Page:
Credit Suisse’s trouble could trigger new global financial crisis, Thai experts warn
Thai experts have warned financial institutions to brace for a possible global turmoil following a crisis of confidence involving troubled Swiss banking giant Credit Suisse.
Kobsak Pootrakool, senior executive vice president of Bangkok Bank, said in his Facebook post on Thursday that share prices of Switzerland’s second-largest bank had tumbled as much as 30% the previous day after bank failures in the United States, including Silicon Valley Bank.
He also noted that the drop in Credit Suisse’s share prices had led to sharp declines in the share prices of other European banks.
However, the Swiss National Bank and the Swiss Financial Market Supervisory Authority later provided Credit Suisse with liquidity.
“Credit Suisse is deeply connected with banks in Europe and the United States. It is too big to be allowed to fall,” said Kobsak, who is also chairman of the Federation of Thai Capital Market Organisations.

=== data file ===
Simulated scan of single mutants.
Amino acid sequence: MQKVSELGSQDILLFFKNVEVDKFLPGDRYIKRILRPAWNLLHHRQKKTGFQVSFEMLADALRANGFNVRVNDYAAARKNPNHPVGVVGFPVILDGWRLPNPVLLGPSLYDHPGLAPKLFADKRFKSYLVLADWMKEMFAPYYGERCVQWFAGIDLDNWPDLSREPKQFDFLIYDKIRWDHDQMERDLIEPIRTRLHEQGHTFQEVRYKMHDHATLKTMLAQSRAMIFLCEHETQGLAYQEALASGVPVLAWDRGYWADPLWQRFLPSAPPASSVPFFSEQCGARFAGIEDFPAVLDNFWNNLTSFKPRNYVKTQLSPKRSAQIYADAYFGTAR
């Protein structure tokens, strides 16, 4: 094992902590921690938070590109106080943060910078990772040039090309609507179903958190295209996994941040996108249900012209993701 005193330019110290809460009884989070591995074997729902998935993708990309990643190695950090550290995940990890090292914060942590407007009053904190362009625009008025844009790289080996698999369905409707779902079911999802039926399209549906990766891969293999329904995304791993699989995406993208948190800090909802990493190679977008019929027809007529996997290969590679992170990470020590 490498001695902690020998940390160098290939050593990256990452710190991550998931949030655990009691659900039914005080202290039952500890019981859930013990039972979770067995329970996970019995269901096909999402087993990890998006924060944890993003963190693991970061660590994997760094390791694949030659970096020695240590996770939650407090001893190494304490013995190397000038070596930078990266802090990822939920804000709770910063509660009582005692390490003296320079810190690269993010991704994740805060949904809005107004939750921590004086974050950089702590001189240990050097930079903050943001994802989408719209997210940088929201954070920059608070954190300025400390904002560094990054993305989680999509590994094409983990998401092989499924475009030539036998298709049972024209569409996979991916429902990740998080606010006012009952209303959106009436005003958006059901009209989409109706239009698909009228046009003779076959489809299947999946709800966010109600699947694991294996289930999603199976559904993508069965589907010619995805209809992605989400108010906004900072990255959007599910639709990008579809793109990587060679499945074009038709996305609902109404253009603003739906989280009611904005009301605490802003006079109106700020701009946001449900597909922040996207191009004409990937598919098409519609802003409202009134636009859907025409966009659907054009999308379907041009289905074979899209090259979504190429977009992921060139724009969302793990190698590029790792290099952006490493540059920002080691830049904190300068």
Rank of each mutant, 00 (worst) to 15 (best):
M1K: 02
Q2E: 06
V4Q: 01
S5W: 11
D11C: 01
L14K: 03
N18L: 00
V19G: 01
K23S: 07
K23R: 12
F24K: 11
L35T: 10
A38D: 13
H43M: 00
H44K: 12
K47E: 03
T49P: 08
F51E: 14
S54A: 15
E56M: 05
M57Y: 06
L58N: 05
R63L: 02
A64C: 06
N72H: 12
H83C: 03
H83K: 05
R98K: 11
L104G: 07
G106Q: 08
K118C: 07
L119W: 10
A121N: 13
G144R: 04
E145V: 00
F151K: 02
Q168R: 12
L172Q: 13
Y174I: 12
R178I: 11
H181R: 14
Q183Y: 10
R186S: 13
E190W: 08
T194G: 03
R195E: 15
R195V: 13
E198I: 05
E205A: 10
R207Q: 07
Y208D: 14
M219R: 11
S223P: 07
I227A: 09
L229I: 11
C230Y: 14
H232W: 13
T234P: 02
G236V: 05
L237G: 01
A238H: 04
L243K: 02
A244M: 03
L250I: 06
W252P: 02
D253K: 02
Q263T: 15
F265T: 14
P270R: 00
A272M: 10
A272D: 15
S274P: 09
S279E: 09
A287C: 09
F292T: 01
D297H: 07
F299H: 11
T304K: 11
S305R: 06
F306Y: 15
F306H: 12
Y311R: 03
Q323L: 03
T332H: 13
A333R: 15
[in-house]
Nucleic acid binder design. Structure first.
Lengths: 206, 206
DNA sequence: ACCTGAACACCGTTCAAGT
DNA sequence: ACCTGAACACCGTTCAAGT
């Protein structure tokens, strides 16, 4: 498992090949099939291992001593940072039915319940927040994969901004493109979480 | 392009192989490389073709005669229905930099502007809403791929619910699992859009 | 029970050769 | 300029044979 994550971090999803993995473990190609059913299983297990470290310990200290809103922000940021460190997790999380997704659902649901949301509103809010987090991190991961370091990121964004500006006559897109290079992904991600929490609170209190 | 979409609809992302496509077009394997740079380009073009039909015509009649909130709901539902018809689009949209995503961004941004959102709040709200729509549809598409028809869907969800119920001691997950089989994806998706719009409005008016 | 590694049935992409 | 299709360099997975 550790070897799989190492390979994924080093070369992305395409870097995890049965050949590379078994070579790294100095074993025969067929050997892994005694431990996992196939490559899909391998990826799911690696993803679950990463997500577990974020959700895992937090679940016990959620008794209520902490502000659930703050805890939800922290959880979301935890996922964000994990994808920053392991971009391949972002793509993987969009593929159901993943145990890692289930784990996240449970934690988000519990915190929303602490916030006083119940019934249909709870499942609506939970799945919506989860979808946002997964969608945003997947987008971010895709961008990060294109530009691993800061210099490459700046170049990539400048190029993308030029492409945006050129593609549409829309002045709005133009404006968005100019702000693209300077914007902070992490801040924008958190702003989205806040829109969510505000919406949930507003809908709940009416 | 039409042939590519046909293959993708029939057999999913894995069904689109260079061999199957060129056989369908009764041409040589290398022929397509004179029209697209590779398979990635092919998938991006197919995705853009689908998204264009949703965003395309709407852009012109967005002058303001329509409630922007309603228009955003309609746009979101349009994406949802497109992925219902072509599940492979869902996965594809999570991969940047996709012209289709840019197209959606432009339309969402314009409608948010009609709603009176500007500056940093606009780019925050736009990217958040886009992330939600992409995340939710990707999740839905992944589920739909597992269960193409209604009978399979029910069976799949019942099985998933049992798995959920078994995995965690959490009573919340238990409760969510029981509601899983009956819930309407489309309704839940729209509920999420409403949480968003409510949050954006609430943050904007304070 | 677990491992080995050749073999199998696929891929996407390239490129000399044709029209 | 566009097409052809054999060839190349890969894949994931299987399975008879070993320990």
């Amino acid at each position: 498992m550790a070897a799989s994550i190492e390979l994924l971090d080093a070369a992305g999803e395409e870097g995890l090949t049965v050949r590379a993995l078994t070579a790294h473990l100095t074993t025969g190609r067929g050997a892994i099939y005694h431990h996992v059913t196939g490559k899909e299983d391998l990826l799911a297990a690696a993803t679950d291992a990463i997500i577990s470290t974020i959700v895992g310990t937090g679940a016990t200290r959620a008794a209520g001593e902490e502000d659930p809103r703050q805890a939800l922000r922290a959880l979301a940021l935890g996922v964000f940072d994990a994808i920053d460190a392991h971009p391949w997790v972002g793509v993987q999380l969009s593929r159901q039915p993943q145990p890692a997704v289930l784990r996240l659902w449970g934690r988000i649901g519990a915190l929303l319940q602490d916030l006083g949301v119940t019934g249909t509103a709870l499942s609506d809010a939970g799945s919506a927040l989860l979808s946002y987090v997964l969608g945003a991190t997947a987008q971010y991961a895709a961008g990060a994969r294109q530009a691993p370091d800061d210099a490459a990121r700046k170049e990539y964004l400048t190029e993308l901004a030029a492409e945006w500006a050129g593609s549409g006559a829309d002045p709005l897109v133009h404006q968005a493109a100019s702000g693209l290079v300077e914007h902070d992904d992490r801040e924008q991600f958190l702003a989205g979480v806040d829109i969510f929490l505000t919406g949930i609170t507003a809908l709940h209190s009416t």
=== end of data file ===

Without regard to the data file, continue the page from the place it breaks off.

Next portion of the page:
However, he warned that the Swiss banking giant would not be the last case when it came to a crisis of confidence. He expected financial institutions to suffer from the fallout and rising pressure as central banks in many countries are engaged in an “endless fight” against rising inflation.
Kobsak, a former minister at the Prime Minister’s Office, said that the ongoing financial troubles affecting many banks could be a “new chapter of a perfect storm” that expands across the global financial sector.
An expected “chain reaction” could also affect Thailand, Kobsak warned. “But due to Thailand’s [financial] foundation, which is sufficiently good, we should survive this,” he added.
Meanwhile, Voravan Tarapoom, chairman of the executive board of BBL Asset Management Co Ltd, said on Thursday that Credit Suisse’s troubles, resulting from US bank failures, were not surprising for many in the financial circles.
She said that the Swiss bank, which has massive assets of over US$2 trillion (70 trillion baht), has suffered losses for many quarters after two companies it loaned billions of dollars to went bankrupt.
“The bank has become financially troubled as its creditors are worried that they may not get their money back,” Voravan said in her Facebook post.
She also said that due to its global connections, Credit Suisse’s trouble has triggered concerns of a new global financial crisis.